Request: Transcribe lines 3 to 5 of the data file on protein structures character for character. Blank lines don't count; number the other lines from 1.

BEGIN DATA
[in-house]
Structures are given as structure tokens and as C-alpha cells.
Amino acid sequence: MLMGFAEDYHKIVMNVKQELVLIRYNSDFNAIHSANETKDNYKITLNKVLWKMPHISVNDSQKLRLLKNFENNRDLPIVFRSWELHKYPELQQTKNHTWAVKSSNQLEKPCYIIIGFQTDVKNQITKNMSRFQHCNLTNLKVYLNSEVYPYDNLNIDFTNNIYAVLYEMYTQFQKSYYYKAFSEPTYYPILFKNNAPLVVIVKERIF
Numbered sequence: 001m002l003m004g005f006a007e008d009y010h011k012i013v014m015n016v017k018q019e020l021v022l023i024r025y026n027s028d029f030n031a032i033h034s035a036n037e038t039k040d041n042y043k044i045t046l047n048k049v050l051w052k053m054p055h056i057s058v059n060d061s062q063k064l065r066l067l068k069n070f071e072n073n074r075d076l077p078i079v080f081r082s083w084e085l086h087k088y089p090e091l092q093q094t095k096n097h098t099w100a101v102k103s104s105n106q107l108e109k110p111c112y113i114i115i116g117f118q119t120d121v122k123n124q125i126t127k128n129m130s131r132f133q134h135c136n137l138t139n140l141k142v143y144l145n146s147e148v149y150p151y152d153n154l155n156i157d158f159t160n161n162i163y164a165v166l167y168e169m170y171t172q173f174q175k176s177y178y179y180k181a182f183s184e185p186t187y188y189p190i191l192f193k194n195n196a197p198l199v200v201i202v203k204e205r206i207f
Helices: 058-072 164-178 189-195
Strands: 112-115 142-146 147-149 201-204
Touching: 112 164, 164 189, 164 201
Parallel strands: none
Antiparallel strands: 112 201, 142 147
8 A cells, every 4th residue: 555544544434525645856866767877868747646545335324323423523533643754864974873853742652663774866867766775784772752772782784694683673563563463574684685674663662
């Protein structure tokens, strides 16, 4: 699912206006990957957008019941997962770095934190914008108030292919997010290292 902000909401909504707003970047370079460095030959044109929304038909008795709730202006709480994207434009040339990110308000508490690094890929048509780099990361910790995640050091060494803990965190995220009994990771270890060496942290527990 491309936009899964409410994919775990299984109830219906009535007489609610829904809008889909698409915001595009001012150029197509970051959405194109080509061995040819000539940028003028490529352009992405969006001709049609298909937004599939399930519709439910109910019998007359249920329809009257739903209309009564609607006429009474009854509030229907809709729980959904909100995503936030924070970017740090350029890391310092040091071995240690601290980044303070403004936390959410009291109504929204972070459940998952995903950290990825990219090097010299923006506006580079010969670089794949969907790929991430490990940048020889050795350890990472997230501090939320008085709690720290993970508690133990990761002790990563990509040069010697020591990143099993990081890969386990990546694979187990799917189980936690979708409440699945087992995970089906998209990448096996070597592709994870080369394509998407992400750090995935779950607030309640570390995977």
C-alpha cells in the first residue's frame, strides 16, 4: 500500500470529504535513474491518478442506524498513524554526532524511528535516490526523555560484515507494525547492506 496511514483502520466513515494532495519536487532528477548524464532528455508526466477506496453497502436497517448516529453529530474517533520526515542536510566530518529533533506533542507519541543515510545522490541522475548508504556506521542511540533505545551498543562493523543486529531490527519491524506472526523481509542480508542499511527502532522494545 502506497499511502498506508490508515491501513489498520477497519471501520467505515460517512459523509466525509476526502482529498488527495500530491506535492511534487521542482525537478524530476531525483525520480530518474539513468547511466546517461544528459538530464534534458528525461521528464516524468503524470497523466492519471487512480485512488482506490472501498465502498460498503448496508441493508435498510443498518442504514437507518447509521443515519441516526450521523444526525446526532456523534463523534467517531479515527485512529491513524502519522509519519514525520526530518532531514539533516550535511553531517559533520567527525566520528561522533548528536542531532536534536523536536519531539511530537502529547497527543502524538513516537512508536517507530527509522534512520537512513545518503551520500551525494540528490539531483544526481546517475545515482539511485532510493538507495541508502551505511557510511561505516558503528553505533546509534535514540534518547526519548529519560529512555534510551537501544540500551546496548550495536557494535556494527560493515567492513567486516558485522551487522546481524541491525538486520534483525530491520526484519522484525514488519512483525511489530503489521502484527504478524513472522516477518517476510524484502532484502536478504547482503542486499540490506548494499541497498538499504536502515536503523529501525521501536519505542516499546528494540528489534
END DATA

Amino acid sequence: MLMGFAEDYHKIVMNVKQELVLIRYNSDFNAIHSANETKDNYKITLNKVLWKMPHISVNDSQKLRLLKNFENNRDLPIVFRSWELHKYPELQQTKNHTWAVKSSNQLEKPCYIIIGFQTDVKNQITKNMSRFQHCNLTNLKVYLNSEVYPYDNLNIDFTNNIYAVLYEMYTQFQKSYYYKAFSEPTYYPILFKNNAPLVVIVKERIF
Numbered sequence: 001m002l003m004g005f006a007e008d009y010h011k012i013v014m015n016v017k018q019e020l021v022l023i024r025y026n027s028d029f030n031a032i033h034s035a036n037e038t039k040d041n042y043k044i045t046l047n048k049v050l051w052k053m054p055h056i057s058v059n060d061s062q063k064l065r066l067l068k069n070f071e072n073n074r075d076l077p078i079v080f081r082s083w084e085l086h087k088y089p090e091l092q093q094t095k096n097h098t099w100a101v102k103s104s105n106q107l108e109k110p111c112y113i114i115i116g117f118q119t120d121v122k123n124q125i126t127k128n129m130s131r132f133q134h135c136n137l138t139n140l141k142v143y144l145n146s147e148v149y150p151y152d153n154l155n156i157d158f159t160n161n162i163y164a165v166l167y168e169m170y171t172q173f174q175k176s177y178y179y180k181a182f183s184e185p186t187y188y189p190i191l192f193k194n195n196a197p198l199v200v201i202v203k204e205r206i207f
Helices: 058-072 164-178 189-195